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Some jobs saved as GST plant ceases production

January 30, 2004|by JULIE E. GREENE

Today will be the last full day of production at GST AutoLeather's local cutting operation, the company's president said Thursday.

Company President Mark Lecher said the automotive leather manufacturer will lay off almost a third fewer employees than originally anticipated.

He announced an approximately $750,000 upgrade to the materials lab at the retanning and finishing operation on Clear Spring Road.

Company officials wanted to keep as many people actively employed in the local operation as they could in a business that has become globally competitive, Lecher said. The retanning and finishing plant has 526 employees.

GST AutoLeather, formerly known as Garden State Tanning Inc., is laying off 158 people instead of the originally anticipated 225, so 67 people will stay with the company, Lecher said.


The lab investment and 67 jobs saved come after a difficult few months for GST AutoLeather.

It was announced in November 2003 that the cutting plant on Governor Lane Boulevard would close.

Then, on Jan. 21, Deanna L. Stottlemyer was killed in a job accident in which she got caught in one of the rollers on a hide-coloring machine. Maryland Occupational Safety and Health officials are investigating the accident.

Lecher said the close-knit community of workers that helps make GST AutoLeather a good company has "helped us heal as a company because everybody's been affected."

That the company can keep more of those workers and invest and grow is exciting news, Lecher said.

Hagerstown-Washington County Economic Development Commission Executive Director Timothy R. Troxell said he hopes the investment in the research and development lab will help retain a higher number of employees at the Clear Spring Road operation.

Government help

The company is getting a $350,000 funding package from the county and state toward the $750,000 lab upgrade, Troxell and Andrea Harrison, spokeswoman with the Maryland Department of Business and Economic Development, said.

Last November, Lecher announced the cutting plant on Governor Lane Boulevard would be closed and that work would be sent to two plants in Mexico, where labor is cheaper. The cutting plant in Saltillo employs about 1,000 people and the one in Nuevo Laredo, which opened in December, employs 230 people, Lecher said.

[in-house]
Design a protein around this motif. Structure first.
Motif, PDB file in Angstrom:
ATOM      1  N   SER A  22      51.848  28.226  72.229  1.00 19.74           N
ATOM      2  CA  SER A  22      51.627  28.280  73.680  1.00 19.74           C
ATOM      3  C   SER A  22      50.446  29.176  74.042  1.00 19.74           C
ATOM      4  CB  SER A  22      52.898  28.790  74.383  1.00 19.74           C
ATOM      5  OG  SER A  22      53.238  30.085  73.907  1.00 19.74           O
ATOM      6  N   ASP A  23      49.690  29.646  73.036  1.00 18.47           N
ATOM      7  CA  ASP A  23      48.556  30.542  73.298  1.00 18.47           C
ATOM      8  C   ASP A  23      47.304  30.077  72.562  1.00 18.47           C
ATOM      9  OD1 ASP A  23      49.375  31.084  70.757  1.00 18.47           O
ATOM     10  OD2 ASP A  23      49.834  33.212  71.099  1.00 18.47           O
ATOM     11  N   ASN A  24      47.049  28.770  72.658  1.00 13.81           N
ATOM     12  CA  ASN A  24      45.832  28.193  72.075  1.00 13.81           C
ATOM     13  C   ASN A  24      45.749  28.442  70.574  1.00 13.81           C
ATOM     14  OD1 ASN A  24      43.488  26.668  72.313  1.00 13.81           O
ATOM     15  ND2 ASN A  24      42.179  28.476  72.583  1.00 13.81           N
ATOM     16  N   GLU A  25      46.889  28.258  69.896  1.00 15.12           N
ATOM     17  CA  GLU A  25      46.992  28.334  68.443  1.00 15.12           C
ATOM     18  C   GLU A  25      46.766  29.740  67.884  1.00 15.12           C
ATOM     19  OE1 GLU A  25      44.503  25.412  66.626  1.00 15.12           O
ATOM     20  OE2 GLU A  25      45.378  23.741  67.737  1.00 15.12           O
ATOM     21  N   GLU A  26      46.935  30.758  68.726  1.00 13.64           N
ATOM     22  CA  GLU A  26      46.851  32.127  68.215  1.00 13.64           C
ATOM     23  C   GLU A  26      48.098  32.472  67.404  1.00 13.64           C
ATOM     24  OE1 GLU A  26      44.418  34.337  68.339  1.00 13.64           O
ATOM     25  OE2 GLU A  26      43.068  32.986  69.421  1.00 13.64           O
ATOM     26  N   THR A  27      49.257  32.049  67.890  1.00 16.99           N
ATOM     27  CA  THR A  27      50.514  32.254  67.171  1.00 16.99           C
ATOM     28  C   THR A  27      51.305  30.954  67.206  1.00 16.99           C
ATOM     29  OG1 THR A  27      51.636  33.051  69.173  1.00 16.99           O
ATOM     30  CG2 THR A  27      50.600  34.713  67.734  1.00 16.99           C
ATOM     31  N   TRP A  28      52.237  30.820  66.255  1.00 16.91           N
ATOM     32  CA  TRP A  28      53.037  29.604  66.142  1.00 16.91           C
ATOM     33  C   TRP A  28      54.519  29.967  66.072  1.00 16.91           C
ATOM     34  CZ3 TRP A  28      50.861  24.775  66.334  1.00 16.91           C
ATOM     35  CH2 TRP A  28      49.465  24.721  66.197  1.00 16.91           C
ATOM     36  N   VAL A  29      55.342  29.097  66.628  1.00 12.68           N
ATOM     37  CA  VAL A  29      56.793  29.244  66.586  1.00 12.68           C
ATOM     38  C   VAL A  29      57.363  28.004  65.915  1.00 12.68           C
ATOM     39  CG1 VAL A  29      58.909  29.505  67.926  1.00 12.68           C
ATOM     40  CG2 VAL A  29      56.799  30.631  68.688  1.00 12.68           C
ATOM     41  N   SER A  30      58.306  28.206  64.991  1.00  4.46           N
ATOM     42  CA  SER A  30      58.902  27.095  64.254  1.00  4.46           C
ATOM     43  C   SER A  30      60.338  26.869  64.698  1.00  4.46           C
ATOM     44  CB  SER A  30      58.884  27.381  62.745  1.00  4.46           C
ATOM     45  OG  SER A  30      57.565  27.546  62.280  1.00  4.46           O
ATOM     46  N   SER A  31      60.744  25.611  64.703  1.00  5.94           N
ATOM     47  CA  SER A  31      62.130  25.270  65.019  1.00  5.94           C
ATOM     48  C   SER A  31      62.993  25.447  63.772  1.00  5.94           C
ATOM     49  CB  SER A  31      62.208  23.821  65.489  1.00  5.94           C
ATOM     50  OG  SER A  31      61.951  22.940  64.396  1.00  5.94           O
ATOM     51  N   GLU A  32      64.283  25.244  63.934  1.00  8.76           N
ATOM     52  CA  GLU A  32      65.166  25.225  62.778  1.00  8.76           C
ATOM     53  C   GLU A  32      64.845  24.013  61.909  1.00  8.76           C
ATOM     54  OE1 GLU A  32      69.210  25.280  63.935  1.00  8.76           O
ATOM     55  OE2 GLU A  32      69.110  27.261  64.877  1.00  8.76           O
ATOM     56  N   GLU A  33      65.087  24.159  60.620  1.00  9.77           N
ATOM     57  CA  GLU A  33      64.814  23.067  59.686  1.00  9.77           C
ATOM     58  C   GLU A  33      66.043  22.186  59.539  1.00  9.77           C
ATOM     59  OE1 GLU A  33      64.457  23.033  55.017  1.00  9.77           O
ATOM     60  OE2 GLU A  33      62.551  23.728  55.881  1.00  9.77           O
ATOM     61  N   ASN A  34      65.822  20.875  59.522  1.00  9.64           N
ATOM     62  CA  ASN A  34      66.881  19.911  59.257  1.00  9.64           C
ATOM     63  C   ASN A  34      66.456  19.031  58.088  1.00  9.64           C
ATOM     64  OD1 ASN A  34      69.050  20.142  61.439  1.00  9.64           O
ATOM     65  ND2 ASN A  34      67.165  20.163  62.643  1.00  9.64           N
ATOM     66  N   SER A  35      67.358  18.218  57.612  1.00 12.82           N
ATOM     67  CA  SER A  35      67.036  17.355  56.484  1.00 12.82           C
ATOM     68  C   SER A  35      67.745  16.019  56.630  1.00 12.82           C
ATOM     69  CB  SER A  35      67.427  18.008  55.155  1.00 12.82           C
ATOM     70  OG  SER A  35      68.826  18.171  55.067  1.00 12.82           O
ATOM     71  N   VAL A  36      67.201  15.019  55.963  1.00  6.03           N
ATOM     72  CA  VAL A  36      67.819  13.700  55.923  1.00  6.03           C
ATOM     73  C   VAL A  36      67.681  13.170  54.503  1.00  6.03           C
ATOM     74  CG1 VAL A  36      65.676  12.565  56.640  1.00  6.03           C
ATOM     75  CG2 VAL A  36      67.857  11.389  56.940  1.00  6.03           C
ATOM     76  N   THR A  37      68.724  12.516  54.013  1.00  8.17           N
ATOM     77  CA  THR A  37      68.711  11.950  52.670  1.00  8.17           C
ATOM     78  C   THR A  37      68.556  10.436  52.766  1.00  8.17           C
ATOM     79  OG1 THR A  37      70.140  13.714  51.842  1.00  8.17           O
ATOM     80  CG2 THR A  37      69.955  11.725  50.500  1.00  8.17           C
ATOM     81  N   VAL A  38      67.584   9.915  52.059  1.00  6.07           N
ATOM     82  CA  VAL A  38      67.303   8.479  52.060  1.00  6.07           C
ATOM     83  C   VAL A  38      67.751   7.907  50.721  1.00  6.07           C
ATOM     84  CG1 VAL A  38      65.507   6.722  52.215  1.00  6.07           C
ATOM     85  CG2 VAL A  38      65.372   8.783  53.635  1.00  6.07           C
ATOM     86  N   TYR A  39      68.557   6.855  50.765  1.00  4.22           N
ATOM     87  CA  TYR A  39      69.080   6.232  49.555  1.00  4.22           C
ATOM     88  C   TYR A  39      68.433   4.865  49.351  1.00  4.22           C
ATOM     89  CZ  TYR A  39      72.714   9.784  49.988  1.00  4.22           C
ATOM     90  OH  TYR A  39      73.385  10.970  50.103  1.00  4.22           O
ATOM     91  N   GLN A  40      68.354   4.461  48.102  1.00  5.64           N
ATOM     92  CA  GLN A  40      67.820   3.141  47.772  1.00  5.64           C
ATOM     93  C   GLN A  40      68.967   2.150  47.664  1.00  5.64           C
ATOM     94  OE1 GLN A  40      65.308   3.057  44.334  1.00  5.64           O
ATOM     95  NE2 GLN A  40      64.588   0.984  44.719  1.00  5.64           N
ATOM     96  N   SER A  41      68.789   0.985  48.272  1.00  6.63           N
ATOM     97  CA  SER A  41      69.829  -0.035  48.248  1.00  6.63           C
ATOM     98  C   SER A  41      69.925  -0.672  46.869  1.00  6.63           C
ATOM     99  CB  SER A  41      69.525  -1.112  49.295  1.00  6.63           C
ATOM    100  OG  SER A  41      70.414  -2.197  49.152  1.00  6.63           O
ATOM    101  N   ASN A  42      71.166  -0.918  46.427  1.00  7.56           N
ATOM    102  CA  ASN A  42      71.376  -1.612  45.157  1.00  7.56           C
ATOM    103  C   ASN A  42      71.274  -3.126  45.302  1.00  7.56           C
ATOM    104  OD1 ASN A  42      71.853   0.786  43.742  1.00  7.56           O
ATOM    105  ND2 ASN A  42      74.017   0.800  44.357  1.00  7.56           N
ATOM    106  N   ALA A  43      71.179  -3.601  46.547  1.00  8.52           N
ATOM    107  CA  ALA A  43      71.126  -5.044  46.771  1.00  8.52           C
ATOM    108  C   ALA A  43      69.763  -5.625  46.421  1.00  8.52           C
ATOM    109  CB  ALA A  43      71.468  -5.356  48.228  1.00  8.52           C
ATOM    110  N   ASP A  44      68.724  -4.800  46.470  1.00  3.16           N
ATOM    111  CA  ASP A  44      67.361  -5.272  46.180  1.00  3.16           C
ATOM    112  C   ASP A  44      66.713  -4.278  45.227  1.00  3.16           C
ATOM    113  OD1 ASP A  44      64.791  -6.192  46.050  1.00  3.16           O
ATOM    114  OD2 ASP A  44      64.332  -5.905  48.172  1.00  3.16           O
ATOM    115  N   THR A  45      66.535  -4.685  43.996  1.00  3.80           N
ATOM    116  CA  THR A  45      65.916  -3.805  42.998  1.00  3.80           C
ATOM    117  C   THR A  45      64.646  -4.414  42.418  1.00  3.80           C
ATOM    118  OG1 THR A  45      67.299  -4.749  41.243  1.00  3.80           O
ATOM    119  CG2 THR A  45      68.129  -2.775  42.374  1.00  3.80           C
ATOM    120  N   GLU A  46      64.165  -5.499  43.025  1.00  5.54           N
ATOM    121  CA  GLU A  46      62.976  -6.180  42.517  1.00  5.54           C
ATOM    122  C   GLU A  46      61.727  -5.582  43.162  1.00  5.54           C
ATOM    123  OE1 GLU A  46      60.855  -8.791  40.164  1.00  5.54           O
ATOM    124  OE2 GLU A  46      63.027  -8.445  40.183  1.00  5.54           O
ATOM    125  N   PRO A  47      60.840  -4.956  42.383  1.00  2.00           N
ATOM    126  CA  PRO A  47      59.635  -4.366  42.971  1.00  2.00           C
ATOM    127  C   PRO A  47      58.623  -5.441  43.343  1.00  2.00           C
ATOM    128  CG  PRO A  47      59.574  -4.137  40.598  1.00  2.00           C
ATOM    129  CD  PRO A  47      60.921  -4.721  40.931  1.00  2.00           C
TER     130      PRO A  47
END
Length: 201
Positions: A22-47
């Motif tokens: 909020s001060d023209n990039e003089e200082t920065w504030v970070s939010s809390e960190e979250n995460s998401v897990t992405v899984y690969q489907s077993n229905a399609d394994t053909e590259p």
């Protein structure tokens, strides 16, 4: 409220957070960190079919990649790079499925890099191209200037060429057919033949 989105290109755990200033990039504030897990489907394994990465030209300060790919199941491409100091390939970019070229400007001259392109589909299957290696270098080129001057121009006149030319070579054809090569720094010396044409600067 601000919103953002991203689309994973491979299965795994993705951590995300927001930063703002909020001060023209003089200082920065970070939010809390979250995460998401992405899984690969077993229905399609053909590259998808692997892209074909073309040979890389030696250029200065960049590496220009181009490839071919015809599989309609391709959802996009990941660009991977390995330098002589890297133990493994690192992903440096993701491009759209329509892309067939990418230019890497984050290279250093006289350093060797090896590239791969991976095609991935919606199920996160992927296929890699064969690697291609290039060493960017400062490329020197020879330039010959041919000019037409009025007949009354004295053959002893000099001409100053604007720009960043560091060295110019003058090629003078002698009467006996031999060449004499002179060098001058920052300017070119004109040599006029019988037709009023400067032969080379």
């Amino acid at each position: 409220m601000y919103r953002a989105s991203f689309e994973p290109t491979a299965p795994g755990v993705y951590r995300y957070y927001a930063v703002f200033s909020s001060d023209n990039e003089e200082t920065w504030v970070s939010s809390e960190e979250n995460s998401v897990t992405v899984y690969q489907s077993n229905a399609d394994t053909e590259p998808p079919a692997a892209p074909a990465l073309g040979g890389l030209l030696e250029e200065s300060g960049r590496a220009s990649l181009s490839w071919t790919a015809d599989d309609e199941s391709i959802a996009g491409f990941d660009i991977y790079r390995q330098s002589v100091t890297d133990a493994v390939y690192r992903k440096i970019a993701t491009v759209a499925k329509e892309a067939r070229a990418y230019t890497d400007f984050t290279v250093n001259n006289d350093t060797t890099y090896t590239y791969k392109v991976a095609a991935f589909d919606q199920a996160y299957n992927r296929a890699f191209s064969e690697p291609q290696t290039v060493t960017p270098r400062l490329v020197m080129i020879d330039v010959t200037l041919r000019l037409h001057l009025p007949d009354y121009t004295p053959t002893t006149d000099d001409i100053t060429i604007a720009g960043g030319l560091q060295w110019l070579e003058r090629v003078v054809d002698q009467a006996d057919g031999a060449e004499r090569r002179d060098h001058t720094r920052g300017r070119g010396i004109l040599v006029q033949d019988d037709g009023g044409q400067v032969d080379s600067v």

While GST officials didn't say there were plans to close the Clear Spring Road retanning and finishing operation, Troxell said economic development officials wanted to give them good reason not to close.

"Obviously, we're disappointed that there are some people that are losing their jobs totally, but the other side of that is we are happy that the company is making further investments in the manufacturing plant, and some of those people that thought they weren't going to have jobs are going to be placed there," Troxell said.

GST's retanning operation in Reading, Pa., will close next week, with most of the plant's 90 employees being laid off, Lecher said. The company still has a finishing operation northeast of Reading in Fleetwood, Pa., that employs about 300 people.

Troxell said economic development officials knew the company had some kind of plan in the works regarding its Pennsylvania plants and wanted to make sure the company made the lab investment in Maryland and not in another state.

Maryland government is providing the company a five-year, low-interest loan for $250,000 and a $50,000 conditional loan that could convert to a grant, Harrison said.

The county is providing a $50,000 conditional loan that could convert to a grant, Troxell said.

The conditional loans would convert to grants if the company maintains 26 permanent, full-time jobs in the research and development lab area through Dec. 31, 2008, Troxell and Harrison said.

Better leather

The lab will conduct tests from product development through commercial production to make sure the automotive leather looks as good three years after it's installed in a vehicle as it did the day it was installed, Lecher said.

The lab upgrade could be complete in early May, Lecher said.

Today, 120 workers will leave the cutting plant, with a handful of employees staying to clean up and finish a few jobs, said John O'Malley, GST's vice president of global human resources. Of those 120 workers, 73 will return to work at the Clear Spring Road plant.

Cutting plant employees with enough seniority had the option of transferring to the retanning and finishing plant and bumping someone else's job. However, one-fourth of the 158 people being laid off decided to take advantage of additional unemployment benefits provided through the state and federal government, O'Malley and Lecher said.

Because the local workers' jobs were lost to international trade, those employees could be eligible for their unemployment benefits to be extended to two years if they are in job retraining, said Patrick Baker, state dislocated worker trade unit manager.

Cleanup at the cutting plant building is expected to take about two weeks, company officials said.

Lecher said the company is working with economic development officials to help recruit a business that could use the 100,000-square-foot building and create jobs in the community.

GST, which has more than a year left on its lease for the building, could sublease the building, said Rich Hoban, chief operating officer for Bowman Group. Bowman owns the building.

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